Douglas Matrullo had a childhood like a lot of Italian-American kids in New York City.
Born in 1947, he grew up across from John’s Pizzeria on Bleecker Street. In the 1950s he played street games like skully, Johnny on a pony, and kick the can. He attended Our Lady of Pompeii, a local Catholic school. And three months ago, Douglas Matrullo also died like a lot of New Yorkers — from blunt force injury to the torso and extremities after a car plowed into him.
Then he all-but-disappeared from a key set of public records, one of 69 deaths this year the police didn't publicize.
The crash was a hit-and-run that occurred on Park Avenue between 23rd and 24th streets. Even with his injuries, Matrullo was able to give police a description of the car: a silver or gray four-door sedan. He died at Bellevue Hospital eight hours later, making him one of nearly 250 traffic deaths so far this year — a number that’s almost on par with homicides.
WNYC's Mean Streets project has been tracking every fatal street crash this year as part of our effort to track Mayor Bill de Blasio's stated goal of reducing traffic deaths to zero by 2024.
But we almost didn’t learn of Douglas Matrullo’s death.
The NYPD's stated policy is to notify reporters of every death from a traffic crash in the city, usually by email. But we never received an email about Matrullo. Instead, we found out about his death by digging into a list of traffic crashes buried on the NYPD’s website.
That oversight — a traffic death that produced no email from the NYPD — turned out to be more common than we thought. By our count, the NYPD didn’t publicize the deaths about a quarter of the time. Paul Steely White, the head of Transportation Alternatives, has praised the de Blasio adminstration's efforts to combat traffic fatalities. But on the issue of counting the dead, he doesn't mince words. “It’s outrageous that there are still, today, in the Vision Zero era, so many deaths, so many crashes that are falling through the cracks,” he said
We asked the NYPD press office for information about Matrullo and the hit-and-run that killed him. After a long delay, NYPD replied with an old address and a name that they'd spelled incorrectly: Magrullo. We couldn’t find a record of anyone by that name – dead OR alive. But our Data News team did some online sleuthing and found the old address with a reference to a “D. Matrullo.” That led us to the funeral parlor that buried him, which in turn brought us us to his cousin, Richard.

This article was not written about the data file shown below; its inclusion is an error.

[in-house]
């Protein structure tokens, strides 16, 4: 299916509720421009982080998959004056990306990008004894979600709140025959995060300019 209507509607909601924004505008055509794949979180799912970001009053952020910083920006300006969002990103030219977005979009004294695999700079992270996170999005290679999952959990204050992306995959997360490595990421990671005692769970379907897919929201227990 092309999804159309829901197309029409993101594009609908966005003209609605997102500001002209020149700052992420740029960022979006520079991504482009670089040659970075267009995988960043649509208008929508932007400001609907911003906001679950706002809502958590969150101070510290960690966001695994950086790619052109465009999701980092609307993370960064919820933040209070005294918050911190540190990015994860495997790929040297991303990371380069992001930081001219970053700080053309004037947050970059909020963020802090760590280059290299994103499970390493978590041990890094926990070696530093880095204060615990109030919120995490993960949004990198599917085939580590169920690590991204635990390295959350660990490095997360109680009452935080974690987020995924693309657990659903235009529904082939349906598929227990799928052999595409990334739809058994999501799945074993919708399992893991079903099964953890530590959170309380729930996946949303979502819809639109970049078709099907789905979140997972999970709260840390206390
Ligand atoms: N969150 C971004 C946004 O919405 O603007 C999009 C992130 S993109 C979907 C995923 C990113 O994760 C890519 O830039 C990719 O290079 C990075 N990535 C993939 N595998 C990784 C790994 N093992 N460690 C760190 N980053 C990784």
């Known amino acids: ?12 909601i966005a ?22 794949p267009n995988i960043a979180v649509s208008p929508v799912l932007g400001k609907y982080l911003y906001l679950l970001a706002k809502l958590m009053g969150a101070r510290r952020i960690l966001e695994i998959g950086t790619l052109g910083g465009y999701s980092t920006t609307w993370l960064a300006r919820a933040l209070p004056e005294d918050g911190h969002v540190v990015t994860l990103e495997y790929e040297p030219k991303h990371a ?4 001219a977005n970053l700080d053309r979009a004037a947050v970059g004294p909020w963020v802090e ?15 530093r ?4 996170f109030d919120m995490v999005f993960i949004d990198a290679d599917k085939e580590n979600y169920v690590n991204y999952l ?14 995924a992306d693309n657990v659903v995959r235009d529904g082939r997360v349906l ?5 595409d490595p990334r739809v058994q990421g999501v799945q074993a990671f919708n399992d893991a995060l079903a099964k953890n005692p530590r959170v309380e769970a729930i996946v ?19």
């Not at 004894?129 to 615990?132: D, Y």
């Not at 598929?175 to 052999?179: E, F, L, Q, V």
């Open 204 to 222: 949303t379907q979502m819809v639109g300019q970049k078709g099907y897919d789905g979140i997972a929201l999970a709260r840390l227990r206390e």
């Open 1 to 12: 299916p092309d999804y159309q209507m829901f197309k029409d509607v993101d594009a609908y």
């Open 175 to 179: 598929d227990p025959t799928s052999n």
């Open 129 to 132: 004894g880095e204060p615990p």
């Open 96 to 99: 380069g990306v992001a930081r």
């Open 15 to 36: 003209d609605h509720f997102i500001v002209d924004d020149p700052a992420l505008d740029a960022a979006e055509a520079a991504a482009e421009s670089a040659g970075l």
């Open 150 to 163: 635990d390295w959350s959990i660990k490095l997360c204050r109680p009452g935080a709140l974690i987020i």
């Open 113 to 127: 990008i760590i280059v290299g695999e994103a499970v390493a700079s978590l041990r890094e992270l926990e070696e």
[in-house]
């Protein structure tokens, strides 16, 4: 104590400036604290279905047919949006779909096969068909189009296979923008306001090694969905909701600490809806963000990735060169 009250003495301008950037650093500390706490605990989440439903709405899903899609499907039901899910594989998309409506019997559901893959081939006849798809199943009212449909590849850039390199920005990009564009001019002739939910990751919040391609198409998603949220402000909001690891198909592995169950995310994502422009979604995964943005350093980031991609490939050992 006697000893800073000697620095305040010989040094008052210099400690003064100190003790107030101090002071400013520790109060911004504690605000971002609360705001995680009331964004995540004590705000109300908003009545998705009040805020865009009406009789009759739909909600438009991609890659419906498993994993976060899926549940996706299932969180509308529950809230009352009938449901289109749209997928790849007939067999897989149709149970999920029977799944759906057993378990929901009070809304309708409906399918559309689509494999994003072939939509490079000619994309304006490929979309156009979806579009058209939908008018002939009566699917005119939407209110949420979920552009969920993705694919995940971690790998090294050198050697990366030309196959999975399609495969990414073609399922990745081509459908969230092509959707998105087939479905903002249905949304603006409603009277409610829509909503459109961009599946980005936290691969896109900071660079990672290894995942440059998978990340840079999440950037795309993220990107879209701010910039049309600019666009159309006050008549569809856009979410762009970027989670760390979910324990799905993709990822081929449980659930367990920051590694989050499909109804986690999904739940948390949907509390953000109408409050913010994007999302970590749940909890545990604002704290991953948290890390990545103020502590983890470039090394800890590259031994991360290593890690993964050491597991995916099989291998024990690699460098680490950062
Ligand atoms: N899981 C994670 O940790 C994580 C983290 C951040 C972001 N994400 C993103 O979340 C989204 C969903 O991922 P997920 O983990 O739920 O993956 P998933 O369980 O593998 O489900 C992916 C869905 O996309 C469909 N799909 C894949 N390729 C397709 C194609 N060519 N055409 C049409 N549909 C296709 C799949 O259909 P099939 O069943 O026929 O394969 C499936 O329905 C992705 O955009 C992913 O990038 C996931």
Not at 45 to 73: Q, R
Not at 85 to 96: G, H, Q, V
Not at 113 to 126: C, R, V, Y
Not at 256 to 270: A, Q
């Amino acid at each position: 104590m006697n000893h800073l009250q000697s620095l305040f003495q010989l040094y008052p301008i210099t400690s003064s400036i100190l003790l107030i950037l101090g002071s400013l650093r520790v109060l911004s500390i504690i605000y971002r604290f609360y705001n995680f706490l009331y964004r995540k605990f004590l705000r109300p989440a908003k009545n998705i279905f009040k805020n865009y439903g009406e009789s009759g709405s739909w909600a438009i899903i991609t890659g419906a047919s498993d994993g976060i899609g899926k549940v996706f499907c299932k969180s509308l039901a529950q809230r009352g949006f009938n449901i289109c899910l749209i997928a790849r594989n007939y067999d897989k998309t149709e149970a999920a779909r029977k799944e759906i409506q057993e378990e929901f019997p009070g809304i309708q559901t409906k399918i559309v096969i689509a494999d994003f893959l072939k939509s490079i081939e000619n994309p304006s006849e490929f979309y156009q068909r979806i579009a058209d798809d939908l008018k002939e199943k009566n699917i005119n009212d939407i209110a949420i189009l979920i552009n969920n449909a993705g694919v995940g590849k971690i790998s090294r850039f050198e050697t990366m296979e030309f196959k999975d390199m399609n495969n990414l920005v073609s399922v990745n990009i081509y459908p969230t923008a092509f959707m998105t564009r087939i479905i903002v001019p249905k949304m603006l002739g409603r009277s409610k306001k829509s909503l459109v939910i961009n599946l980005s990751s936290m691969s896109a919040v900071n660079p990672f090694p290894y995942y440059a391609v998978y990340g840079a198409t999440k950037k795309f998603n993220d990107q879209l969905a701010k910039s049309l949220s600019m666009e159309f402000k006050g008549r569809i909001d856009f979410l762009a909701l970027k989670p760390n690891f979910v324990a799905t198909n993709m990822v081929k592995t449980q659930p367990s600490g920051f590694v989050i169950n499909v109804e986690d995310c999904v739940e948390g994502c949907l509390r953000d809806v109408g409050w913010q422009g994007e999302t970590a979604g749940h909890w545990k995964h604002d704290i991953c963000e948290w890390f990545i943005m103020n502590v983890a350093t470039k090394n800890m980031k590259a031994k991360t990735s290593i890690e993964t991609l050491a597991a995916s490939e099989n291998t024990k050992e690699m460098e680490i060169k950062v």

A Natty Dresser Who Strayed Into Drugs
"He was a stickler for dressing up," Richard said of Douglas. "He always used to walk around with the snakeskin boots. And fancy jackets, cowboy hats."
Richard remembered Matrullo as a Boy Scout and an altar boy. Then he said his cousin's life took a turn. Instead of graduating from Aviation High School, Matrullo dropped out in the late 1960s and moved to Haight-Ashbury in San Francisco. There, he opened a boutique with a girlfriend.
Douglas had a lifelong struggle with drugs, and the cousins lost touch. At the time of his death, Douglas was living at Kenmore Hall, a residence for the formerly homeless on East 23rd Street in Manhattan. An NYPD property clerk's report says that when Douglas died, his possessions included a MetroCard, a set of false teeth, and an ID for a methadone treatment program.
Richard's sister, Jeanne, learned of Douglas' death when the city medical examiner contacted her. Richard said his family then tried repeatedly to get the NYPD to share the results of an investigation into the crash. "Even my son had called the detective," he said, adding that the detective promised to get back to his son with information about Douglas. "No response," Richard said about the detective. "Never."